The notion that profit motive inherently evil is not necessarily true either. Yes, Adam Smith argued capitalism is motivated by self-interest and yes that can run amok to Christian morals turning into a pure Darwinian or Nietzschean approach. But if I understand Gilder (Poverty and Wealth) a bit, and I confess I must read him more thoroughly, he argues that capitalism is [can be?] altruistic. The choose of profit over care is a false dichotomy. Yes it can become that but it is not necessarily inherent. Part of the argument seems based on the myth of capitalism is a 'zero-sum game'--e.g. someone is always exploited (see Richards' Money, Greed and God: Why Capitalism is the Solution Not The Problem). Second from a Christian perspective those who serve are allowed to earn for their service, 1 Cor 9:8-11. It does not make gospel ministry/service exploitive because one collects any more than it makes public service in the government exploitive because not only does one get a paycheck but one gets lucrative book deals, speaking engagements and banquets.



This is difficult issue and no matter what party you support you can agree that it must be dealt with. Christian convictions should drive us. But imago dei covers issues of liberty over oppressive government as well. The eschatological benefits of the kingdom are concerned with both individual salvation and systemic issue (social justice AND oppression by power). I struggle personally with if and how we should legislate such items. Martin Luther King Jr. was right to argue that while the law cannot make a man love it can keep him from lynching.

http://theologica.blogspot.com/2008/09/martin-luther-king-response-to-you-cant.html

If however profit can take priority over care what about systems and bureaucracy taking priority over care?



So how do we care for the poor and avoid systemic oppression both from big corporation (note Revelation 18) and empowered socialized government? The first rule of medical triage is to do no harm--we have to be equal wary unintended consequence such as oppressing people in further poverty. Sometimes we have to say "if you do not work, you shall not eat" --and not because we are Neitzschean capitalists sloth is equally degrading to the imago dei. Indeed the imago dei dignifies work, and wealth can be pursued for mutual benefits. Note I am not arguing that all poverty results from sloth, that would be foolhardy--but does a system designed to do good produce more disaster? Sometimes we have to eat our lumps other times we can pursue a greater excellence.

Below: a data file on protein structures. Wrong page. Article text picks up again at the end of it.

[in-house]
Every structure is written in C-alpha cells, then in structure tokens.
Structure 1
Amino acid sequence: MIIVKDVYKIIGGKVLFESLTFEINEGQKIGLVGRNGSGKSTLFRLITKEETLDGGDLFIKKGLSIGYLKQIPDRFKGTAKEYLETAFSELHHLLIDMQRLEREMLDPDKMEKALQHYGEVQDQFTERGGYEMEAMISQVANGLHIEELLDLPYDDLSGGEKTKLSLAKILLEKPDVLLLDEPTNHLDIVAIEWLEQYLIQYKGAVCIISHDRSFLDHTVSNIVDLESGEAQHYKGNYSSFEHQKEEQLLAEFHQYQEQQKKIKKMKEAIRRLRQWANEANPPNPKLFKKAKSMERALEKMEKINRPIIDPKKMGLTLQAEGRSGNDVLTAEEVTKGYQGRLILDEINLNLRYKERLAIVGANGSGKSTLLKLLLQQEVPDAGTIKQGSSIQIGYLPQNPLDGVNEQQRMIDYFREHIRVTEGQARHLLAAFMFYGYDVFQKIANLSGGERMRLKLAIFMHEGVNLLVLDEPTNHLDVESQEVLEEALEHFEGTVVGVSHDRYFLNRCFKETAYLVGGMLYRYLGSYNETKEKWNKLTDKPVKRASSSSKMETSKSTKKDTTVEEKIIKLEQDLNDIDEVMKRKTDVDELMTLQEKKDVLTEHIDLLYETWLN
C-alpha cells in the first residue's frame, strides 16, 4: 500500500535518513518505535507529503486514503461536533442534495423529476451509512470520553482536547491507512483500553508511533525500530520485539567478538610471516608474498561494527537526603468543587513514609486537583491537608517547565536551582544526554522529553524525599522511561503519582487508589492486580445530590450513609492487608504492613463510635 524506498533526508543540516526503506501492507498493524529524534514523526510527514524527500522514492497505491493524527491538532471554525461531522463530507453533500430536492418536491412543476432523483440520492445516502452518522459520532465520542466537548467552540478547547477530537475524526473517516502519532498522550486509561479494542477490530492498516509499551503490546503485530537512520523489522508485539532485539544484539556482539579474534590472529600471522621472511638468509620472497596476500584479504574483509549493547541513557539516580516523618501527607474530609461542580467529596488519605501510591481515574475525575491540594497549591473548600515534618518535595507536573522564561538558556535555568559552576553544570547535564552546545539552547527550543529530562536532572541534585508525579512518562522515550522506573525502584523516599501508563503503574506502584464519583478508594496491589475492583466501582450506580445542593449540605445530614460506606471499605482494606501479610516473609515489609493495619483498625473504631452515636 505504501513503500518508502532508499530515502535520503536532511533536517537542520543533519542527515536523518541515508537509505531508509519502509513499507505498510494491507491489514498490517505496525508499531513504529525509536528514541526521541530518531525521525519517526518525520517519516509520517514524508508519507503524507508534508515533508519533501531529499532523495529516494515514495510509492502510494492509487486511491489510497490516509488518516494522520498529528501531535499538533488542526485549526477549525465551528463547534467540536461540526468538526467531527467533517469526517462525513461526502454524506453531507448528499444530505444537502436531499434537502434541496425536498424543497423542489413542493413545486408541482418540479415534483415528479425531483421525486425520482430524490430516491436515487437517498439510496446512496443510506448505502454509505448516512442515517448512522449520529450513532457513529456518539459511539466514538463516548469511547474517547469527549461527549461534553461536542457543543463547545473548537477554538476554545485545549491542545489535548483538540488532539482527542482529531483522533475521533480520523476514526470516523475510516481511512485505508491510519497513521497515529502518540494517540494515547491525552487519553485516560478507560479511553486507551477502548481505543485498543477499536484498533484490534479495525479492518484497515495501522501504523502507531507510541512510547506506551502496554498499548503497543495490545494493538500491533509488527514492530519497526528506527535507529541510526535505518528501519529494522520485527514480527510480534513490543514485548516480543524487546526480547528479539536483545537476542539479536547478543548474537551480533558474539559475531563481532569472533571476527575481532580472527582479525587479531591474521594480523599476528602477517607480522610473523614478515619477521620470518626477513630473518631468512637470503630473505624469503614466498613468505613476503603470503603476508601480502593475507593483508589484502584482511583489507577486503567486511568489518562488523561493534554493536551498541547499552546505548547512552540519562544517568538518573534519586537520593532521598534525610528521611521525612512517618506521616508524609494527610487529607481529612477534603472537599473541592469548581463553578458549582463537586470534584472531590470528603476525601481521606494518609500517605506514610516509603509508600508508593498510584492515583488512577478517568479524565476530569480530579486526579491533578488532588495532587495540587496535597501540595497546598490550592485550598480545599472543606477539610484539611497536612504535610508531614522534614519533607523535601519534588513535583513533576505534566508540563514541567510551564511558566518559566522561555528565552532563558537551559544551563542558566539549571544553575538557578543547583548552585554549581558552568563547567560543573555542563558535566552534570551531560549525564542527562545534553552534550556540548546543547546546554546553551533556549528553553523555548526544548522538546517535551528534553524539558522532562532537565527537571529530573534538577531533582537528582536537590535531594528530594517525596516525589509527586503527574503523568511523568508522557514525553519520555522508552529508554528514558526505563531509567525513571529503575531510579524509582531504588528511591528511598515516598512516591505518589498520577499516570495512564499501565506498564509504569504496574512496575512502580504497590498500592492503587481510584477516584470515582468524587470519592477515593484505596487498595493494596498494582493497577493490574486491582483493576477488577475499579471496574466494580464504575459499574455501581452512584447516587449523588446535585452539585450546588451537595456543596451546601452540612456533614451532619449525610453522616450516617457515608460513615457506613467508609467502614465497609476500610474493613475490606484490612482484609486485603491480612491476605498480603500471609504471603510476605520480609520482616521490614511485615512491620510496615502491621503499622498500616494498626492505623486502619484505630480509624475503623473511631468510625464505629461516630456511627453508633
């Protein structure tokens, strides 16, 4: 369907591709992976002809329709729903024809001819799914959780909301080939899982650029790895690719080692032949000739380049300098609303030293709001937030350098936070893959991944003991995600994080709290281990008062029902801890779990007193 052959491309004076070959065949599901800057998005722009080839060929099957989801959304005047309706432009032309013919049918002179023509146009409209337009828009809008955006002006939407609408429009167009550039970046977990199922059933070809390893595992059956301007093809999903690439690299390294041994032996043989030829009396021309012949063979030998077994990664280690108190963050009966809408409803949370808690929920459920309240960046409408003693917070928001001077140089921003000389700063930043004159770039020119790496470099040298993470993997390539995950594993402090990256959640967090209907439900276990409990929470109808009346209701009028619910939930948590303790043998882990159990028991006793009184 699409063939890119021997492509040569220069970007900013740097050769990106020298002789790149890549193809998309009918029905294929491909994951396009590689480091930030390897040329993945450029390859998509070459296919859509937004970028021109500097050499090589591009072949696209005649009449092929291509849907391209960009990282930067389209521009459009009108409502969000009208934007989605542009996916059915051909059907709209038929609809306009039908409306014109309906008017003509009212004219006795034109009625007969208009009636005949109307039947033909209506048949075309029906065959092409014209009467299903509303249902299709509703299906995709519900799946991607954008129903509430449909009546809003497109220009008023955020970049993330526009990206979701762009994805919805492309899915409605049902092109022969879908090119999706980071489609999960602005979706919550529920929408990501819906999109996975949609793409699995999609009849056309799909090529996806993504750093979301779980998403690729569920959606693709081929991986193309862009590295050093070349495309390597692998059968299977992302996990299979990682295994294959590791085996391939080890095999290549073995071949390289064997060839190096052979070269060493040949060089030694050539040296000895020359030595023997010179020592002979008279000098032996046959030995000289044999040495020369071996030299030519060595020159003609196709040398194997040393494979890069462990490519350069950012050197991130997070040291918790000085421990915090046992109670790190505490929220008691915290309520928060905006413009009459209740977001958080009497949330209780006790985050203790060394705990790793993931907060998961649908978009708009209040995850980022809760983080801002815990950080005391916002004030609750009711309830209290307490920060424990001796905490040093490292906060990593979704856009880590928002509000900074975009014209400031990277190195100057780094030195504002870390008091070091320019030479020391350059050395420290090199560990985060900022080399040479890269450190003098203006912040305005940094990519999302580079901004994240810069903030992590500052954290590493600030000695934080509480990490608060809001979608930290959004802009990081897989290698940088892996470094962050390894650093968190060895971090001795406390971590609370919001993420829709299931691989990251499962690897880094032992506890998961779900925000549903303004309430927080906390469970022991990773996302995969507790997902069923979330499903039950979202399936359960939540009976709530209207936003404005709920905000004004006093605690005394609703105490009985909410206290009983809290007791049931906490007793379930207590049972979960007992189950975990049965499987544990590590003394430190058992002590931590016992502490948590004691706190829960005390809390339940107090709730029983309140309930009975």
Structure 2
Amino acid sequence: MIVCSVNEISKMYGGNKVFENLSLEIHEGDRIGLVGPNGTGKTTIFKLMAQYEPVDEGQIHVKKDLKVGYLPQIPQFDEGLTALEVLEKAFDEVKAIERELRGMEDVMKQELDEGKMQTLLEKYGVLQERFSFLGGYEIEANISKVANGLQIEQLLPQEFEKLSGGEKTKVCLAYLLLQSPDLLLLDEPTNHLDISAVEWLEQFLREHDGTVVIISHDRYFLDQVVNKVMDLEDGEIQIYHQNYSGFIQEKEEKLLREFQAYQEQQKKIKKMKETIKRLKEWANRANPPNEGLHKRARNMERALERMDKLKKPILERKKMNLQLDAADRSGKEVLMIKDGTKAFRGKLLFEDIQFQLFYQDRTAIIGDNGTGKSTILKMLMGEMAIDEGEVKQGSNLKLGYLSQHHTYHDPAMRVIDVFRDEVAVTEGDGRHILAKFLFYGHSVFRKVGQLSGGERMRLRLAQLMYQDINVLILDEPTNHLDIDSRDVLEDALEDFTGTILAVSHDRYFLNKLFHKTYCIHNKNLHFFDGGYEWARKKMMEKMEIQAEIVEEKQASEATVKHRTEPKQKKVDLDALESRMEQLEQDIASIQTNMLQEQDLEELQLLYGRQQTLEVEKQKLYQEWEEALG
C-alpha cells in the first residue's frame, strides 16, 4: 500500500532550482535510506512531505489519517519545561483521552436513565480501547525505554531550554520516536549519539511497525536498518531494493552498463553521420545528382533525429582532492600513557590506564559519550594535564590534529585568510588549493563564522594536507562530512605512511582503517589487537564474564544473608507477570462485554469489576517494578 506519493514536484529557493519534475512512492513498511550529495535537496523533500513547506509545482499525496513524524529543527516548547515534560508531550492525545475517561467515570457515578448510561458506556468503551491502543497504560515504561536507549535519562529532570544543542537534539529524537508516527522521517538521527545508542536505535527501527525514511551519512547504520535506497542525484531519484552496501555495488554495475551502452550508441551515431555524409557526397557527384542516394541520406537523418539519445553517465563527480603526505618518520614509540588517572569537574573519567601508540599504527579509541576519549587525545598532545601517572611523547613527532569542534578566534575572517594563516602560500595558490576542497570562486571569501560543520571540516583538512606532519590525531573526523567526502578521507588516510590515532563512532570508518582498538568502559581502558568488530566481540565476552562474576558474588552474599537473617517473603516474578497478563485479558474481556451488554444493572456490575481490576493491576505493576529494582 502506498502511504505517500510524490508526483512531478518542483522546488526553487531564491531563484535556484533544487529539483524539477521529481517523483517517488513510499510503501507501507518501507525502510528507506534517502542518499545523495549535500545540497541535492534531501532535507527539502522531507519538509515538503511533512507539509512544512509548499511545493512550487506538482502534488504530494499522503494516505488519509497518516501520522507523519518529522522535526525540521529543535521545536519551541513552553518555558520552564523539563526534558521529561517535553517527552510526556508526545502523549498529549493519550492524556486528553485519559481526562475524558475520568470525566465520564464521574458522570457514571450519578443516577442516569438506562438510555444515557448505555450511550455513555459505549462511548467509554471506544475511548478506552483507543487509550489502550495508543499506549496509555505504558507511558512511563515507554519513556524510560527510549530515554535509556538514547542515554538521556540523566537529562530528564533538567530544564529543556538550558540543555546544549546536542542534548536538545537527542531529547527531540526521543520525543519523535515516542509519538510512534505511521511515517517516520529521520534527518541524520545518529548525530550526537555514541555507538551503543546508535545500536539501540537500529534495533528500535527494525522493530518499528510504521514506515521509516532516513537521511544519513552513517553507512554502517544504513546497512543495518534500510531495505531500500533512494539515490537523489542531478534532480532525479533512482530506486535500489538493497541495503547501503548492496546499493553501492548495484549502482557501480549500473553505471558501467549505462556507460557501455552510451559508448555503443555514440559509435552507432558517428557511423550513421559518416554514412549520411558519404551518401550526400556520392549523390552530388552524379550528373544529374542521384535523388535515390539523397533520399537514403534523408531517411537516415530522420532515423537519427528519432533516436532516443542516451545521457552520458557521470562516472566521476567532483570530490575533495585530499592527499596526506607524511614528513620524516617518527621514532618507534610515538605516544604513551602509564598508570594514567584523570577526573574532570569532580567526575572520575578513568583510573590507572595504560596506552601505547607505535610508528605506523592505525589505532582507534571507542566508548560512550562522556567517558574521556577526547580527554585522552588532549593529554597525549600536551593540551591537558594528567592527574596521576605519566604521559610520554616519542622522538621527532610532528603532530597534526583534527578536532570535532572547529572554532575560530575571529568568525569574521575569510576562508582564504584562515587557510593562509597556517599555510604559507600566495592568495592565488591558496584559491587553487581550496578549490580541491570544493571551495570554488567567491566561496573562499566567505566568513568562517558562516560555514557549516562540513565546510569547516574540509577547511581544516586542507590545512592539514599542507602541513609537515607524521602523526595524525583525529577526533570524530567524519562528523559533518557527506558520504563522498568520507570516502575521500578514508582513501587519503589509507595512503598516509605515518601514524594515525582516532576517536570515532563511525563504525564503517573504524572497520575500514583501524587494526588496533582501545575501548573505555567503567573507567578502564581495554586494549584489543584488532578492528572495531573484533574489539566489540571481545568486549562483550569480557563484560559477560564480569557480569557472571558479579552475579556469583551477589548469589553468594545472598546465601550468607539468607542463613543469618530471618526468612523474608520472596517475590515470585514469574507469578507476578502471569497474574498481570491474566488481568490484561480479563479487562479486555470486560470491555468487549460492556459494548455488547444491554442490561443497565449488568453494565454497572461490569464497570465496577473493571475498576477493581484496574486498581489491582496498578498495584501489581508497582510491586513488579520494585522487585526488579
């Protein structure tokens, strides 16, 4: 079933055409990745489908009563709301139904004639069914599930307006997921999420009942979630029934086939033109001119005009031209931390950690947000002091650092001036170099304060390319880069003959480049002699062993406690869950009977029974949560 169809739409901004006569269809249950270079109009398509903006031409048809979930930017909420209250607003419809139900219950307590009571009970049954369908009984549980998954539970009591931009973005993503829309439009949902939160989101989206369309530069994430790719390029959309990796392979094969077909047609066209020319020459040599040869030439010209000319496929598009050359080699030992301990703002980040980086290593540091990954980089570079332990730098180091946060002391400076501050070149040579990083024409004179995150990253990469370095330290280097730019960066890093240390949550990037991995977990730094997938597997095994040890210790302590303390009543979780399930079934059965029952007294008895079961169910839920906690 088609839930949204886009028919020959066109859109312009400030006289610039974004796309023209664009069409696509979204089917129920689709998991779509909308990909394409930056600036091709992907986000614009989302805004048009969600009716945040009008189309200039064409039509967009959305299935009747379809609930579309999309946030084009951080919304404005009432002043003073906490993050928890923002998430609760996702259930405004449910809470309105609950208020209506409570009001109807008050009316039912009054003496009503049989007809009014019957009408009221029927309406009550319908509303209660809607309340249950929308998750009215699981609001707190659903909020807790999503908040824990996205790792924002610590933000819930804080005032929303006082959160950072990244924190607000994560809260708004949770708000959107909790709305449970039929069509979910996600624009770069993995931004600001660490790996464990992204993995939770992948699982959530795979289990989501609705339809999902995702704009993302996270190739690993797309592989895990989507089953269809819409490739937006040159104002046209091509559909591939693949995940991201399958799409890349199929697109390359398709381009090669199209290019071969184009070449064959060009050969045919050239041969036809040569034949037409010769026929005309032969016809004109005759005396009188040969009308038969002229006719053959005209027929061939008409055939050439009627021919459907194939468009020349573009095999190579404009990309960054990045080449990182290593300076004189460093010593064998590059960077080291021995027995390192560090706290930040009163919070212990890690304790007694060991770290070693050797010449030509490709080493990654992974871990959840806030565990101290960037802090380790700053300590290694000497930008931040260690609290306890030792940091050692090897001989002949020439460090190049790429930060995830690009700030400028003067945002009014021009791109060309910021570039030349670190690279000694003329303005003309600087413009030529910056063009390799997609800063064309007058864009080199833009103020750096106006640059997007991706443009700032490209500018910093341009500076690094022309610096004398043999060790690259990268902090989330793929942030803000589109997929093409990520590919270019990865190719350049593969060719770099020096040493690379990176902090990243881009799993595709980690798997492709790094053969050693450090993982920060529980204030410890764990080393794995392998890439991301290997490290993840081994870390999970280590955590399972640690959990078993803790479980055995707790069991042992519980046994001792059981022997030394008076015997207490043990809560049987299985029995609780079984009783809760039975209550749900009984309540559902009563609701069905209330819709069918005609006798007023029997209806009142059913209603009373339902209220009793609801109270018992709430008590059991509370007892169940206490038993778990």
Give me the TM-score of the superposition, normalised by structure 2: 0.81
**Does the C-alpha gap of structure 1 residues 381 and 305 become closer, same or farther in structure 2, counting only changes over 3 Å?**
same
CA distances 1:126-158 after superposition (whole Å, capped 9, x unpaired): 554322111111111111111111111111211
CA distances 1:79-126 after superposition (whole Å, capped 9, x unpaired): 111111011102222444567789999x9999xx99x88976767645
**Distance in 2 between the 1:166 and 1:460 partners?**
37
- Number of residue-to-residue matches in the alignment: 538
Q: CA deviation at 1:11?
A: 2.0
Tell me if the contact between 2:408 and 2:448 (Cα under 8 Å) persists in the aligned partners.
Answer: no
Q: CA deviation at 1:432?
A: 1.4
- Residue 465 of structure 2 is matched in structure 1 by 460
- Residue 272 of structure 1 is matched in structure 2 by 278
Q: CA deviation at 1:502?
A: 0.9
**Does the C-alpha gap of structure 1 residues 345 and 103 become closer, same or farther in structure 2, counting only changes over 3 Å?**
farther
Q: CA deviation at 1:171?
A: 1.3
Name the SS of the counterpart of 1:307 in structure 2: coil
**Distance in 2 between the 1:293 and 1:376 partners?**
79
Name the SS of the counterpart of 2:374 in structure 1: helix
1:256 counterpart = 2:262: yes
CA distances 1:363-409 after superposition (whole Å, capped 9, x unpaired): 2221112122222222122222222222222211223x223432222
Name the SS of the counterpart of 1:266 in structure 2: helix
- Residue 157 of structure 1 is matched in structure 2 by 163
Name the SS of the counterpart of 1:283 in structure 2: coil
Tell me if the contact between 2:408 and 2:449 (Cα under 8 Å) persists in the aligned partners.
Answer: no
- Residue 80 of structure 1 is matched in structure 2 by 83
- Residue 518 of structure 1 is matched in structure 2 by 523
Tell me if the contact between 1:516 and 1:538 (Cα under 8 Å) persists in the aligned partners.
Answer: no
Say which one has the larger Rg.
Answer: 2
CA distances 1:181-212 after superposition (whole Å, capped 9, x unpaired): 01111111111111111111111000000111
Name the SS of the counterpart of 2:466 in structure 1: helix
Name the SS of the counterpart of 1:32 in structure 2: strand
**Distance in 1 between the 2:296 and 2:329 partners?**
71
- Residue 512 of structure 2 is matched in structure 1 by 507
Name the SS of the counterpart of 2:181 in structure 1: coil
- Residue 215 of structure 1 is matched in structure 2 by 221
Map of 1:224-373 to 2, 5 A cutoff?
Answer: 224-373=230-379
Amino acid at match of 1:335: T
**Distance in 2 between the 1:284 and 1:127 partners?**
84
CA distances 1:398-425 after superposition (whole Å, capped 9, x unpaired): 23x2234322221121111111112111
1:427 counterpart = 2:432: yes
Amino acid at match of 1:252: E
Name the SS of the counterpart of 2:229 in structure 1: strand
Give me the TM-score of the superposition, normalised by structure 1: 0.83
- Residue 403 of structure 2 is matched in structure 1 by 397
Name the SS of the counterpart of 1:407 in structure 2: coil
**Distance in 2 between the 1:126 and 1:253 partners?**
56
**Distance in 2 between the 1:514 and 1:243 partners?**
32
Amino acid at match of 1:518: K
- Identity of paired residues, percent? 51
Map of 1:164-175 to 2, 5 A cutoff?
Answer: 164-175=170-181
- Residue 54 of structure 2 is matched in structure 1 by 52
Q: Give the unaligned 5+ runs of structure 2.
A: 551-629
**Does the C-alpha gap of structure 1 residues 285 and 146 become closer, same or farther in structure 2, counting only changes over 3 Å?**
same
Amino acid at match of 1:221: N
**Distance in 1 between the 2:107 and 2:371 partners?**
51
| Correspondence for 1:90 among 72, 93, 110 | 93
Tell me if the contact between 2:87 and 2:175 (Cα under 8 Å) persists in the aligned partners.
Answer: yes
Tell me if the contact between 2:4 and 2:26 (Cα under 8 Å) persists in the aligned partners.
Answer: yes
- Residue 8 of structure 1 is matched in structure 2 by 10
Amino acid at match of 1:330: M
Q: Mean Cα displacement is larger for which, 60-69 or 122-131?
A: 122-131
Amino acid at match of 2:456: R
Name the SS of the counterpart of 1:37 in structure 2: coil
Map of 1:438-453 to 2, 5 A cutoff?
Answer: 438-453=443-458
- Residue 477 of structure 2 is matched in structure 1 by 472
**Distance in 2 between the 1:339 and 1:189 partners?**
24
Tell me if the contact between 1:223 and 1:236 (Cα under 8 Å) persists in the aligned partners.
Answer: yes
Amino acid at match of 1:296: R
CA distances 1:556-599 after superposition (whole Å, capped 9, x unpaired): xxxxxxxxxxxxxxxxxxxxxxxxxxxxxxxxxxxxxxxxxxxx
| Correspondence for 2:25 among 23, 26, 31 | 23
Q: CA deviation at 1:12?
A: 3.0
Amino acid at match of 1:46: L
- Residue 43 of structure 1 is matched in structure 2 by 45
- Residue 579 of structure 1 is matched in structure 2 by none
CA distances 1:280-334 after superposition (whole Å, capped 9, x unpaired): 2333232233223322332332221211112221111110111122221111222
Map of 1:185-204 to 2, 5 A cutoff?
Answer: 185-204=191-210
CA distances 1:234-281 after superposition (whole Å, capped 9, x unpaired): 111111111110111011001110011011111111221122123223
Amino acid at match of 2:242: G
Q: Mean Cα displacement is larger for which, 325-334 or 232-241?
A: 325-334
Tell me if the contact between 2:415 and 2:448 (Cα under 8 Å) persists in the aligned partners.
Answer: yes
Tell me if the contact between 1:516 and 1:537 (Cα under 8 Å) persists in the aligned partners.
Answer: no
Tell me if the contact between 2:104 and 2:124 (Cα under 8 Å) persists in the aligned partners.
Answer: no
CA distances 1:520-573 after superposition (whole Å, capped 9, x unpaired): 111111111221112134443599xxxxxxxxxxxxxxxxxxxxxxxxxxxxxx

When I speak of eating our lumps I am reminded of Jonathan Edwards in a sermon entitled "Christian Charity" remarking that sometimes we have to give money to a wasteful parent for the sake of the children. In what I believe is a must read essay, Tim Keller interacts with it helpful in his "The Gospel and the Poor". Keller helpful raps up:

In summary, many "conservatives" are motivated to help the poor mainly by compassion. This may come from a belief that poverty is mainly a matter of individual irresponsibility. It misses the fact that the "haves" have what they have to a great degree because of unjust distribution of opportunities and resources at birth. If we have the world's goods, they are ultimately a gift. If we were born in other circumstances, we could easily be very poor through no fault of our own. To fail to share what you have is not just uncompassionate but unfair, unjust. On the other hand, many "liberals" are motivated to help the poor mainly out of a sense of indignation and aborted justice. This misses the fact that individual responsibility and transformation has a great deal to do with escape from poverty. Poverty is seen strictly in terms of structural inequities. While the conservative "compassion only" motivation leads to paternalism and patronizing, the liberal "justice only" motivation leads to great anger and rancor.

Both views, ironically, become self-righteous. One tends to blame the poor for everything, the other to blame the rich for everything. One over-emphasizes individual responsibility, the other under-emphasizes it. A balanced motivation arises from a heart touched by grace, which has lost its superiority-feelings toward any particular class of people. Let's keep something very clear: it is the gospel that motivates us to act both in mercy and in justice.


Recently, I heard a quote second hand that was attributed to one of my mentors: "The Republican party does not set the agenda for the church." I think this is accurate. Indeed no political mechanism should set the agenda for the church. We should think carefully about these issues as Christians which means a return to the Scriptures. Equally all parties could learn a lot from history of the church, particular the Early Church on how to handle issues of kingdom, poverty, and state.

One blog post will not resolve the current state of affairs or add deeply to our theology/philosophy for solutions to the complex problems but hopefully it adds some things to think about.